22nd Science Apéro

Wooden houses – living in comfort

Wooden houses still have a reputation for being old fashioned, low value structures that present a fire risk. That these persistent prejudices are completely unjustified was demonstrated by the three speakers at the 22nd Science Apéro at the Empa Duebendorf. Modern wood houses are no different in quality than their conventional counterparts and fully meet all the applicable heating, dampness, fire and noise criteria. The majority of people living in wooden houses feel more comfortable in them than in brick or concrete constructions, and furthermore, wood has many ecological, biological and economic advantages.
Holzbulletin 62/2003, Lignum

Wood – a step ahead
Wood is a modern building material, for several reasons. “Ecologically speaking, wood is a step ahead of other building materials,” according to Klaus Richter, Head of the Empa’s Wood Laboratory. This natural raw material is constantly replenished by growth and is locally produced from indigenous forests. It is also CO2 neutral, and disposal is not a problem. So, in times when substantial added value is placed on sustainability, wood becomes an attractive alternative to mineral-based construction materials.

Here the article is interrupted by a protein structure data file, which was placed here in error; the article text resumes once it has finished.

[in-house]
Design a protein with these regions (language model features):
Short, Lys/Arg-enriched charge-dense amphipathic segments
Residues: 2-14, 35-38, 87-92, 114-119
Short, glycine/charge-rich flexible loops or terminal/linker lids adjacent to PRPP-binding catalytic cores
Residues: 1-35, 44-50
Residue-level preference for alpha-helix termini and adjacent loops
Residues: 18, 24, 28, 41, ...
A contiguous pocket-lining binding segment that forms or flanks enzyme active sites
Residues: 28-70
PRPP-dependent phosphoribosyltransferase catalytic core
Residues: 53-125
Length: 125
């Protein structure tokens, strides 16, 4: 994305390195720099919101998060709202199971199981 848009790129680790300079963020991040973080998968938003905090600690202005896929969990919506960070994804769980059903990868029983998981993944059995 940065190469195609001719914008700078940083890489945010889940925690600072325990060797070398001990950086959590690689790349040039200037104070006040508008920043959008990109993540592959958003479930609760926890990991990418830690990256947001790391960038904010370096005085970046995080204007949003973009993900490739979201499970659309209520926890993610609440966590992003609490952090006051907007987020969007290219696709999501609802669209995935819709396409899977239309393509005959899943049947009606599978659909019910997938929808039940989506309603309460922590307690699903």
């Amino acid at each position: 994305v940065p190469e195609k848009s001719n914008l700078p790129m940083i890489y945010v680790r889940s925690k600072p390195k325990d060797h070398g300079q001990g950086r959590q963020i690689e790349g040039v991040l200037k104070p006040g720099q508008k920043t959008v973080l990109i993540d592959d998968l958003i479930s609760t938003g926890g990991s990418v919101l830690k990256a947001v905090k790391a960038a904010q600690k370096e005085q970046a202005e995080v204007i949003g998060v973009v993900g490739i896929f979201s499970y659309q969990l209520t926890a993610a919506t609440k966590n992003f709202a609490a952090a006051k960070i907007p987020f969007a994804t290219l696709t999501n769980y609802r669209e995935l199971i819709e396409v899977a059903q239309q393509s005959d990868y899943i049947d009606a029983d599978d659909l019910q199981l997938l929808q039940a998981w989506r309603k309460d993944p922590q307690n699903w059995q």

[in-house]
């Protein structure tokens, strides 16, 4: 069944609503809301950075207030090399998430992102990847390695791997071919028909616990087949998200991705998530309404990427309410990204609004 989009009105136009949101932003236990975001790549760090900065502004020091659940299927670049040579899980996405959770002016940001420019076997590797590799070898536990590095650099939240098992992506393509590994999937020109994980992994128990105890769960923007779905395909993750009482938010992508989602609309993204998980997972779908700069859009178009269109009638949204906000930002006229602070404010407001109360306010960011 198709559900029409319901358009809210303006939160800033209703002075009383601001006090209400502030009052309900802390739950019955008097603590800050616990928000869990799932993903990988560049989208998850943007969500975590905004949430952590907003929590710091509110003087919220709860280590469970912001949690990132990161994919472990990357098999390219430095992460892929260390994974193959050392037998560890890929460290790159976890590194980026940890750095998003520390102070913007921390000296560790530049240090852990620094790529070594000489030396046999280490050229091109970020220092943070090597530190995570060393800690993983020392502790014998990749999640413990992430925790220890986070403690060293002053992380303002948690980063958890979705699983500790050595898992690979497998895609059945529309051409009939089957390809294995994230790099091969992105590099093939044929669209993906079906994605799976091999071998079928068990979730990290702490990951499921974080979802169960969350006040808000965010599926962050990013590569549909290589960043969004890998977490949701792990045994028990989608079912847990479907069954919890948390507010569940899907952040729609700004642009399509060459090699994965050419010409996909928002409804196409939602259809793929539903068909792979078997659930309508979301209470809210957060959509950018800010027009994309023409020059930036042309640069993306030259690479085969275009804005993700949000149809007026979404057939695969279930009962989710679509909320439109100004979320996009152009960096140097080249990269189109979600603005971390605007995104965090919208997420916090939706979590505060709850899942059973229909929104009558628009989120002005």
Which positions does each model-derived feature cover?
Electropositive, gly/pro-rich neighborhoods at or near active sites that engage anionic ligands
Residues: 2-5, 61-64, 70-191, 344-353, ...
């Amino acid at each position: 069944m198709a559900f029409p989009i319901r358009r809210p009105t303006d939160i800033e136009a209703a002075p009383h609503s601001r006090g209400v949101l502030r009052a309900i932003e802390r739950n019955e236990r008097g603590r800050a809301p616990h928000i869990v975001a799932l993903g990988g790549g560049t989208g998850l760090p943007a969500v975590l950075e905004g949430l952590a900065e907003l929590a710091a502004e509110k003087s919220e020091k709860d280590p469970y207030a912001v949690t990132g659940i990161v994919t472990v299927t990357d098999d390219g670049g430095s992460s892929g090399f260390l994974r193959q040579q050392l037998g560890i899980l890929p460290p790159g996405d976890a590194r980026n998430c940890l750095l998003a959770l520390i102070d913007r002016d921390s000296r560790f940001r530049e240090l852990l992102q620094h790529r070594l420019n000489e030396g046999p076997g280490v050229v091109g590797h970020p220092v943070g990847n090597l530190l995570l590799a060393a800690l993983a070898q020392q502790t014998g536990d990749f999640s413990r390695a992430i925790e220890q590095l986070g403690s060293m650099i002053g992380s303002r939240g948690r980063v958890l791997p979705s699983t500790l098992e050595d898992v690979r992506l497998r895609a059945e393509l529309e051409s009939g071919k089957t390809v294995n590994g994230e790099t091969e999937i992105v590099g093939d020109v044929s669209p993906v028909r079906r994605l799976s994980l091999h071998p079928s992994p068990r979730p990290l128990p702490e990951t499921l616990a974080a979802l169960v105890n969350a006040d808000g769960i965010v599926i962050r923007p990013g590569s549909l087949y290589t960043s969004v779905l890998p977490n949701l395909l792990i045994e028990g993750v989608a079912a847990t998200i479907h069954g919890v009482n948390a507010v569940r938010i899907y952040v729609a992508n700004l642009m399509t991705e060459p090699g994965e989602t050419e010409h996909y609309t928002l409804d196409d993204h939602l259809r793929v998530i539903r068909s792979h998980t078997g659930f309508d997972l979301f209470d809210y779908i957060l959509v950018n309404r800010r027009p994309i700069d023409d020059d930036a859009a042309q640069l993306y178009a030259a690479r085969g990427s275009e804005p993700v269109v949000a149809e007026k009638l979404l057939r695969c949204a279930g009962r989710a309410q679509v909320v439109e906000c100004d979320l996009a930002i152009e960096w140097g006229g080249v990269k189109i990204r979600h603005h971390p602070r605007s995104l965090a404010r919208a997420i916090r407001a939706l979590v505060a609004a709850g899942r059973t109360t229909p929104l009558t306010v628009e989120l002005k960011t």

A further advantage is that wood lends a comfortable atmosphere indoors, and wooden floors and walls are always warm and dry to the touch. Wood removes humidity from room air when it is damp and returns it when it is dry, so that wooden houses do not suffer from very dry atmospheres when heated in winter. In addition, Richter adds “Wooden houses can be prefabricated and erected very rapidly, leaving their competitors in brick and mortar or concrete way behind. They also play a leading role in the field of energy efficient buildings.”

New wood-based materials – from beam to sheet
As a building material, wood also has its disadvantages. It is by nature inhomogeneous, the grain of the fiber running along the direction of growth of the tree trunk. Dryness and humidity cause wood to shrink and swell respectively, but the magnitude of the effect varies in different directions. The mechanical strength of wood also depends on whether it is loaded across or along the grain.